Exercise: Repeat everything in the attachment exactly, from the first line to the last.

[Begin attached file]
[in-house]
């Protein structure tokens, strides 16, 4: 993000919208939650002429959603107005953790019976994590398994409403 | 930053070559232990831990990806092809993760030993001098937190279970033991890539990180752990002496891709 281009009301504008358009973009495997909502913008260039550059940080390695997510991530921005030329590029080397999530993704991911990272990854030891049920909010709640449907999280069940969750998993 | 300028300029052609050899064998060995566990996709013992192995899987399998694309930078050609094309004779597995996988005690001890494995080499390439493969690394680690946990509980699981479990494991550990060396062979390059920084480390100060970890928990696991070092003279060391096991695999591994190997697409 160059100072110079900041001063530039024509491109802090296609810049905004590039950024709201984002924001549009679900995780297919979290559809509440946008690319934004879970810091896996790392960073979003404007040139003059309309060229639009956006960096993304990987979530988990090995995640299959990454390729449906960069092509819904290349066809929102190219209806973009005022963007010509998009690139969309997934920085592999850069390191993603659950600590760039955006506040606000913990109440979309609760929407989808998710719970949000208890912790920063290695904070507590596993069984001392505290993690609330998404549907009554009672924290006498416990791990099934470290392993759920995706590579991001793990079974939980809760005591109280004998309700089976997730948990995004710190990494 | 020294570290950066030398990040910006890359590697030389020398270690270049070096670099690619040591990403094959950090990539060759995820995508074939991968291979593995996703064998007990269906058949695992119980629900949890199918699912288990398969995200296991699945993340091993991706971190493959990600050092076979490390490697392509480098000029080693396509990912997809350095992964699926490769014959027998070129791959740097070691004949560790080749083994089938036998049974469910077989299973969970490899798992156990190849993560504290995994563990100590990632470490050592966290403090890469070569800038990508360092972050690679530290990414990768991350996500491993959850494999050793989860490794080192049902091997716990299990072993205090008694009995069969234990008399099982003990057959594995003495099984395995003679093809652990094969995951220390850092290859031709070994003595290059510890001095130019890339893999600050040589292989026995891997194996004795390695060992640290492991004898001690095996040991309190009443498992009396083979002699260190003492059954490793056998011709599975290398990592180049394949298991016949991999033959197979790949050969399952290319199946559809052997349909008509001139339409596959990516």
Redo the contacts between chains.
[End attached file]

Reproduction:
[in-house]
């Protein structure tokens, strides 16, 4: 993000919208939650002429959603107005953790019976994590398994409403 | 930053070559232990831990990806092809993760030993001098937190279970033991890539990180752990002496891709 281009009301504008358009973009495997909502913008260039550059940080390695997510991530921005030329590029080397999530993704991911990272990854030891049920909010709640449907999280069940969750998993 | 300028300029052609050899064998060995566990996709013992192995899987399998694309930078050609094309004779597995996988005690001890494995080499390439493969690394680690946990509980699981479990494991550990060396062979390059920084480390100060970890928990696991070092003279060391096991695999591994190997697409 160059100072110079900041001063530039024509491109802090296609810049905004590039950024709201984002924001549009679900995780297919979290559809509440946008690319934004879970810091896996790392960073979003404007040139003059309309060229639009956006960096993304990987979530988990090995995640299959990454390729449906960069092509819904290349066809929102190219209806973009005022963007010509998009690139969309997934920085592999850069390191993603659950600590760039955006506040606000913990109440979309609760929407989808998710719970949000208890912790920063290695904070507590596993069984001392505290993690609330998404549907009554009672924290006498416990791990099934470290392993759920995706590579991001793990079974939980809760005591109280004998309700089976997730948990995004710190990494 | 020294570290950066030398990040910006890359590697030389020398270690270049070096670099690619040591990403094959950090990539060759995820995508074939991968291979593995996703064998007990269906058949695992119980629900949890199918699912288990398969995200296991699945993340091993991706971190493959990600050092076979490390490697392509480098000029080693396509990912997809350095992964699926490769014959027998070129791959740097070691004949560790080749083994089938036998049974469910077989299973969970490899798992156990190849993560504290995994563990100590990632470490050592966290403090890469070569800038990508360092972050690679530290990414990768991350996500491993959850494999050793989860490794080192049902091997716990299990072993205090008694009995069969234990008399099982003990057959594995003495099984395995003679093809652990094969995951220390850092290859031709070994003595290059510890001095130019890339893999600050040589292989026995891997194996004795390695060992640290492991004898001690095996040991309190009443498992009396083979002699260190003492059954490793056998011709599975290398990592180049394949298991016949991999033959197979790949050969399952290319199946559809052997349909008509001139339409596959990516």
Redo the contacts between chains.